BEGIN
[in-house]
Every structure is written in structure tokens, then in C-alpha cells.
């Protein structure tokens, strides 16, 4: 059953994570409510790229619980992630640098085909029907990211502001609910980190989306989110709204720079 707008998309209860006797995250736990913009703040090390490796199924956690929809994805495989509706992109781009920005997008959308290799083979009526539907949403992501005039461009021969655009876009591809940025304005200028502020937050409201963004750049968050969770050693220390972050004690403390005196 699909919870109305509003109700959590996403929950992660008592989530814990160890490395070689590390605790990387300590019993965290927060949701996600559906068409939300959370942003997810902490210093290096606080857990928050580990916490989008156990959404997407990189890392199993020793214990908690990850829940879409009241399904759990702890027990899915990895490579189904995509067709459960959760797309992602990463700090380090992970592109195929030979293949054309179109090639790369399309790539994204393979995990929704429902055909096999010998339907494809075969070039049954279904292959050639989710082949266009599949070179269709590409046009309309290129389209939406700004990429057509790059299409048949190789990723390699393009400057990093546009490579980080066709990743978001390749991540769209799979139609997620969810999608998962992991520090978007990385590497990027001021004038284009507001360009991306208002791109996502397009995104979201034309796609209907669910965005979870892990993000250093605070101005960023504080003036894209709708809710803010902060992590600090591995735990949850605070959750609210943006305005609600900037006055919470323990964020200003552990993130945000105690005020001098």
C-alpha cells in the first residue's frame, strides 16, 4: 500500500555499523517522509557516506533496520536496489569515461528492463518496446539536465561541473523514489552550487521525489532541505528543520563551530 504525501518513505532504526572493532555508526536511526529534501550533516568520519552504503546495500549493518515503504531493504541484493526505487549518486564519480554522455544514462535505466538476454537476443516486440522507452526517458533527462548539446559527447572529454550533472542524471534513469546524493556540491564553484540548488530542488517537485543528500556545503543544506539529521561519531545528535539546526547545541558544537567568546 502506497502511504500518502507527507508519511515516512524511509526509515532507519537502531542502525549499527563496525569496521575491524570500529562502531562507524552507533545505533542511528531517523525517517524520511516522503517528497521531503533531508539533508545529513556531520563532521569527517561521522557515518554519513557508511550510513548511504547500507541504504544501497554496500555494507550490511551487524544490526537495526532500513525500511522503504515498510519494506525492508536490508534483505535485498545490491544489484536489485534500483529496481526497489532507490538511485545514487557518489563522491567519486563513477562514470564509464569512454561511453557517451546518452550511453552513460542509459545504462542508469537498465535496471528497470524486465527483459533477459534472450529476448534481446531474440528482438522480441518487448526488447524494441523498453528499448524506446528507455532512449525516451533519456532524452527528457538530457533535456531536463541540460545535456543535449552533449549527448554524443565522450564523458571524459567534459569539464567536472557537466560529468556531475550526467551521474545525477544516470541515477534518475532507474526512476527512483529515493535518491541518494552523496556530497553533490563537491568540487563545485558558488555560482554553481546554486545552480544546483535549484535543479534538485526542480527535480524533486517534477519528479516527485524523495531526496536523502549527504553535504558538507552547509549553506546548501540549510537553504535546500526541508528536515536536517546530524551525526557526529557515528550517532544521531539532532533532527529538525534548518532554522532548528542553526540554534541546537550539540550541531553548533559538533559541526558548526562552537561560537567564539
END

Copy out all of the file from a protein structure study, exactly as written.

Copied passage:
[in-house]
Every structure is written in structure tokens, then in C-alpha cells.
């Protein structure tokens, strides 16, 4: 059953994570409510790229619980992630640098085909029907990211502001609910980190989306989110709204720079 707008998309209860006797995250736990913009703040090390490796199924956690929809994805495989509706992109781009920005997008959308290799083979009526539907949403992501005039461009021969655009876009591809940025304005200028502020937050409201963004750049968050969770050693220390972050004690403390005196 699909919870109305509003109700959590996403929950992660008592989530814990160890490395070689590390605790990387300590019993965290927060949701996600559906068409939300959370942003997810902490210093290096606080857990928050580990916490989008156990959404997407990189890392199993020793214990908690990850829940879409009241399904759990702890027990899915990895490579189904995509067709459960959760797309992602990463700090380090992970592109195929030979293949054309179109090639790369399309790539994204393979995990929704429902055909096999010998339907494809075969070039049954279904292959050639989710082949266009599949070179269709590409046009309309290129389209939406700004990429057509790059299409048949190789990723390699393009400057990093546009490579980080066709990743978001390749991540769209799979139609997620969810999608998962992991520090978007990385590497990027001021004038284009507001360009991306208002791109996502397009995104979201034309796609209907669910965005979870892990993000250093605070101005960023504080003036894209709708809710803010902060992590600090591995735990949850605070959750609210943006305005609600900037006055919470323990964020200003552990993130945000105690005020001098």
C-alpha cells in the first residue's frame, strides 16, 4: 500500500555499523517522509557516506533496520536496489569515461528492463518496446539536465561541473523514489552550487521525489532541505528543520563551530 504525501518513505532504526572493532555508526536511526529534501550533516568520519552504503546495500549493518515503504531493504541484493526505487549518486564519480554522455544514462535505466538476454537476443516486440522507452526517458533527462548539446559527447572529454550533472542524471534513469546524493556540491564553484540548488530542488517537485543528500556545503543544506539529521561519531545528535539546526547545541558544537567568546 502506497502511504500518502507527507508519511515516512524511509526509515532507519537502531542502525549499527563496525569496521575491524570500529562502531562507524552507533545505533542511528531517523525517517524520511516522503517528497521531503533531508539533508545529513556531520563532521569527517561521522557515518554519513557508511550510513548511504547500507541504504544501497554496500555494507550490511551487524544490526537495526532500513525500511522503504515498510519494506525492508536490508534483505535485498545490491544489484536489485534500483529496481526497489532507490538511485545514487557518489563522491567519486563513477562514470564509464569512454561511453557517451546518452550511453552513460542509459545504462542508469537498465535496471528497470524486465527483459533477459534472450529476448534481446531474440528482438522480441518487448526488447524494441523498453528499448524506446528507455532512449525516451533519456532524452527528457538530457533535456531536463541540460545535456543535449552533449549527448554524443565522450564523458571524459567534459569539464567536472557537466560529468556531475550526467551521474545525477544516470541515477534518475532507474526512476527512483529515493535518491541518494552523496556530497553533490563537491568540487563545485558558488555560482554553481546554486545552480544546483535549484535543479534538485526542480527535480524533486517534477519528479516527485524523495531526496536523502549527504553535504558538507552547509549553506546548501540549510537553504535546500526541508528536515536536517546530524551525526557526529557515528550517532544521531539532532533532527529538525534548518532554522532548528542553526540554534541546537550539540550541531553548533559538533559541526558548526562552537561560537567564539